Jeff Burks ’97 is a man of no illusions, a quality we should all find attractive in our accountants — especially at tax time. Notre Dame’s Viola D. Hank associate professor of accountancy understands, for instance, that “accounting can be boring for the layperson.”
Maybe boredom explains why we’re not paying attention to what’s happening right now with Social Security and Medicare, the subject of a lunch-hour presentation Burks made on campus a few weeks ago. If so, it appears our indifference will cost us.
The bottom line: While most well-read Americans know that the United States’ national debt has rocketed above $19 trillion and appears headed for the exosphere, few of us understand what our collective indebtedness really means.
I’m among them. So, while pausing a moment with that burden of uneasy uncertainty, here’s something else Burks wants people like me to know: Unfunded obligations to our country’s two holiest and most frighteningly massive social welfare programs — the proverbial third-rails of our national politics — will cost us and our progeny an additional $47 trillion over the next 75 years.
Tack on another $3 trillion in underfunded state pensions, and that’s $69 trillion we Americans have collectively agreed to pay, both for goods we’ve already received — what we typically think of as “the national debt” — and for the provisions we’ve committed, through our “untouchable” social insurance laws, to making for our senior citizens.
A great big $69 trillion IOU to ourselves, you might say. Payable by our future earnings, whatever those might be.
Big deal, you say. After all, few people reading this will be around 75 years from now when, I hope, my children will be visiting and playing with their own grandchildren. But if we want our kids to look forward with any confidence to a long and healthy retirement, one protected from expensive illness and indigence by the same safety nets we regard as sacrosanct, Burks says we have some painful decisions to make. Like, now. Because that $69 trillion isn’t holding still, and it already amounts to a $500,000 “lifetime burden” in payroll taxes per U.S. household. Again, assuming we don’t want to sell ourselves and our posterity short.
Half a million dollars. Think of it as the mortgage you have to pay on a sweet vacation home you’ll never see — my metaphor, not Burks’. That’s not boring. That’s depressing — and downright impossible for most families. We’ll simply never make enough money to foot that bill.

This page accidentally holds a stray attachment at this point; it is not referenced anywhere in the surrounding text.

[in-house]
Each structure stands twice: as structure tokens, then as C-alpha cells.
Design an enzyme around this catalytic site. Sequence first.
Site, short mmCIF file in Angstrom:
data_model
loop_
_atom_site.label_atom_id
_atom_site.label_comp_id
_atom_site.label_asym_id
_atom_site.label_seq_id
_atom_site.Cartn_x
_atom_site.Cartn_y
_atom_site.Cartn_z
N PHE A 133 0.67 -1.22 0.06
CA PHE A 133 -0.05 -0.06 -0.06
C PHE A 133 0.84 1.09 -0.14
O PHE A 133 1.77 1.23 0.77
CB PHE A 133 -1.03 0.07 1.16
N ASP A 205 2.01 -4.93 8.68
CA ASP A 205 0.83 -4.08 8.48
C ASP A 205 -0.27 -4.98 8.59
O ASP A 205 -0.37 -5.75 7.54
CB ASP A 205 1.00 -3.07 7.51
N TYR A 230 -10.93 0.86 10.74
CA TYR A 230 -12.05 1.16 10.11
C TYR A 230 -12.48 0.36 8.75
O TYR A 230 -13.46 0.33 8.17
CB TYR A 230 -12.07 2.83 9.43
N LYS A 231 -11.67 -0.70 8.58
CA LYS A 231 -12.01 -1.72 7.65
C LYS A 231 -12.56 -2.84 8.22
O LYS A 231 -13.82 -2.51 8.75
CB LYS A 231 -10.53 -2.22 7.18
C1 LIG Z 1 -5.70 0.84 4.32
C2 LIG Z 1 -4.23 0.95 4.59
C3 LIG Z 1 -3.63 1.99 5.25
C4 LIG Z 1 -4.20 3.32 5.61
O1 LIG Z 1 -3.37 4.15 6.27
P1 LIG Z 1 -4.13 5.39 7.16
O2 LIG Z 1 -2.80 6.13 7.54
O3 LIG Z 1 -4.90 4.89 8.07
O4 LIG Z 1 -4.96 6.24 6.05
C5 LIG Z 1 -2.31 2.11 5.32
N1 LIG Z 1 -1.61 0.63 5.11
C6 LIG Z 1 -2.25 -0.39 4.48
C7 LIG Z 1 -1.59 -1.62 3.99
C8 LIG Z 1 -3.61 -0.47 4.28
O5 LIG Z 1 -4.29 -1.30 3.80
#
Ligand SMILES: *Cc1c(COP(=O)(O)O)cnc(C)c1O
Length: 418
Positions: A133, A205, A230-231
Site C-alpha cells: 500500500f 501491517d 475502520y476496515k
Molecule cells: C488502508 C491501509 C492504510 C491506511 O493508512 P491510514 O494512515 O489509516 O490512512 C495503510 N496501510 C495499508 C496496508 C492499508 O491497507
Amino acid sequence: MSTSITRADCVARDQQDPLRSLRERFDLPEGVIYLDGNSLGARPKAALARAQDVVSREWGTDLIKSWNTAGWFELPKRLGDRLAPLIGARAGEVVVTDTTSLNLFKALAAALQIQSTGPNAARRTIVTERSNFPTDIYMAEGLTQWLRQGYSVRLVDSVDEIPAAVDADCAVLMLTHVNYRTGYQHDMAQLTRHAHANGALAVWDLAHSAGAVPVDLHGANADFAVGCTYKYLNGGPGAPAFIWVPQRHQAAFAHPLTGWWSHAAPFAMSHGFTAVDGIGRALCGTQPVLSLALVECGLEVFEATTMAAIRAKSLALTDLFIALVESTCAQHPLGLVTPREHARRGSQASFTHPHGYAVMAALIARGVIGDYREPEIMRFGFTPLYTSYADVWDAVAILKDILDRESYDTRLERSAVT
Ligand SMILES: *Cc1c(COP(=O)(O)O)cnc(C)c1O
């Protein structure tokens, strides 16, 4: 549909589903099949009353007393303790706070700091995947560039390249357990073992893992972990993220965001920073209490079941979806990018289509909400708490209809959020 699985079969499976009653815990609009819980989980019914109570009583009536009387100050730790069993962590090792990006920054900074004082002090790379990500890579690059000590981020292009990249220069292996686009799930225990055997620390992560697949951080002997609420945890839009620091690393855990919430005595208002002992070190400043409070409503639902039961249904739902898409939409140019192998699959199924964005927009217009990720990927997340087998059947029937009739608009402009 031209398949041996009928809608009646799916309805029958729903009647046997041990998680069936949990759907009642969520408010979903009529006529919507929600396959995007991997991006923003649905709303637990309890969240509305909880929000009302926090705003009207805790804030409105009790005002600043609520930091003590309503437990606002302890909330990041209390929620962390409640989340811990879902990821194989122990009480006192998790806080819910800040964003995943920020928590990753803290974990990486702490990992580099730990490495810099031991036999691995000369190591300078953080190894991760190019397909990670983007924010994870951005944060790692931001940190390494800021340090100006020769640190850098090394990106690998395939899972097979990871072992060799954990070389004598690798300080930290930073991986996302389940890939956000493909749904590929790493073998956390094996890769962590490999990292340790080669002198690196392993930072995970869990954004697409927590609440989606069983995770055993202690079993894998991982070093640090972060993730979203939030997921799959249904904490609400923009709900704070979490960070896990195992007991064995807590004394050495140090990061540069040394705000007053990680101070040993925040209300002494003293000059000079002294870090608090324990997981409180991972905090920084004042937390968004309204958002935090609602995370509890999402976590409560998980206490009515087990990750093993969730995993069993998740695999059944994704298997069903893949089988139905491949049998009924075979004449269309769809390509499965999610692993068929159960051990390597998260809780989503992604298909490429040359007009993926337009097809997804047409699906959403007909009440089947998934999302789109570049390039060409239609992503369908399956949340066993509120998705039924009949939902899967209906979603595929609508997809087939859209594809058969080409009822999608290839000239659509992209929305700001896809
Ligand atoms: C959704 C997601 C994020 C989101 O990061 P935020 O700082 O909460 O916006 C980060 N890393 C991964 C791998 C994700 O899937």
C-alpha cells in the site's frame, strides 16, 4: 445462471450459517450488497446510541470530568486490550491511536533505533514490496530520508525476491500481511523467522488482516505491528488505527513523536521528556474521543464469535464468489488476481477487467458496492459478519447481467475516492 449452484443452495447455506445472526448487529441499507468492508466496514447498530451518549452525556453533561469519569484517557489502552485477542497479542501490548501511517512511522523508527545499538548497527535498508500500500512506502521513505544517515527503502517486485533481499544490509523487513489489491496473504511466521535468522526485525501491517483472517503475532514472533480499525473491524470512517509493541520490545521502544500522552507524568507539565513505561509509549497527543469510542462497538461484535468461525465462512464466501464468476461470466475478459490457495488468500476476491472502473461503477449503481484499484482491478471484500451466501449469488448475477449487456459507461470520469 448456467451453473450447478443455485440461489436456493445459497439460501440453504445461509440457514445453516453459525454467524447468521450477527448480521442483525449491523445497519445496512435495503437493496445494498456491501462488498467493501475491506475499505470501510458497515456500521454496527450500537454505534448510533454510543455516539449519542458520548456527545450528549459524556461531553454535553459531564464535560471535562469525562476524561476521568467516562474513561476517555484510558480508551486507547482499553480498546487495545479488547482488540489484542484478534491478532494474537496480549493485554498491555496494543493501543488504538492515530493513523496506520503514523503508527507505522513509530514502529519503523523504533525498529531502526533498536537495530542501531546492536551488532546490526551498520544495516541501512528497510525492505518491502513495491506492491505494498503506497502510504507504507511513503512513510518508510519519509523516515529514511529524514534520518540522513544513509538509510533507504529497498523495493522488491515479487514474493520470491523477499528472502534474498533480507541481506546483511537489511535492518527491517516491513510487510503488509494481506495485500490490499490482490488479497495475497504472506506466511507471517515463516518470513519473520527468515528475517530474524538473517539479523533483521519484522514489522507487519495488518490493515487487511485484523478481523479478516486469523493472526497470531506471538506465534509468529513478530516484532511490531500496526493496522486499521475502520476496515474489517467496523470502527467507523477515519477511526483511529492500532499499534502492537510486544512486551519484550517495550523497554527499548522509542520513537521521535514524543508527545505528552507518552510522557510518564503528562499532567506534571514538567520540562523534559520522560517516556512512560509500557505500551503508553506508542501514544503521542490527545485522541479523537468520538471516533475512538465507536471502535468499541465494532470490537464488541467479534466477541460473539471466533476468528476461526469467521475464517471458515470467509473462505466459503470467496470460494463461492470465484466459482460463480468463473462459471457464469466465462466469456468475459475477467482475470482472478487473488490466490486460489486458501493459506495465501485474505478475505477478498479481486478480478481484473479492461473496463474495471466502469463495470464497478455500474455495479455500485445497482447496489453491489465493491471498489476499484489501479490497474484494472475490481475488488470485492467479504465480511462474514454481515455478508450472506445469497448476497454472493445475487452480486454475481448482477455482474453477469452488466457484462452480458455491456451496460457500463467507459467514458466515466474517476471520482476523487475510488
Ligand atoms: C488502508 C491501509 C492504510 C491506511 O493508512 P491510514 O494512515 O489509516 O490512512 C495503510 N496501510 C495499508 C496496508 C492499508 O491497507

Yet it’s also the reality. Burks delivered this bad news to a full room at February’s “Life Lunch,” a series of noontime lectures presented by current and past University Life Fellows of the McGrath Institute for Church Life, who spend a year thinking about the links between their research interests and topics in human life and dignity.
Burks’ work typically delves into the high-stakes arcana at the intersection of corporate financial accounting and public policy. He chose to devote his McGrath fellowship to exploring the dynamics of our social insurance policies — the connections between falling birth rates, rising life expectancies and the steady decline of the number of workers paying into Social Security and Medicare relative to the number of those programs’ beneficiaries.
Up until about five years ago, Burks said, the payroll taxes supporting these programs paid for them in full and even generated a modest surplus. As you’d expect, that surplus was set aside and safeguarded as the vast armies of Baby Boomers marched toward retirement. Uh, right?
“No,” Burks reports. “It wasn’t.” Surpluses were transferred instead to the government’s general fund, where they were spent, he said. Social Security and Medicare are essentially cash-in, cash-out operations and now, thanks to demographic trends — smaller families, fewer people entering the workforce, longer lifespans — we’re approaching that era of regular deficits that policy experts have been trying to warn us about. Fertility rates have dropped to 1.86 children per woman in 2014, well below the 2.1 kids that, accounting for child mortality, is considered “replacement rate.” Meanwhile, those of us who reach age 65 may now expect to live to age 85, five years longer than we would have in 1960.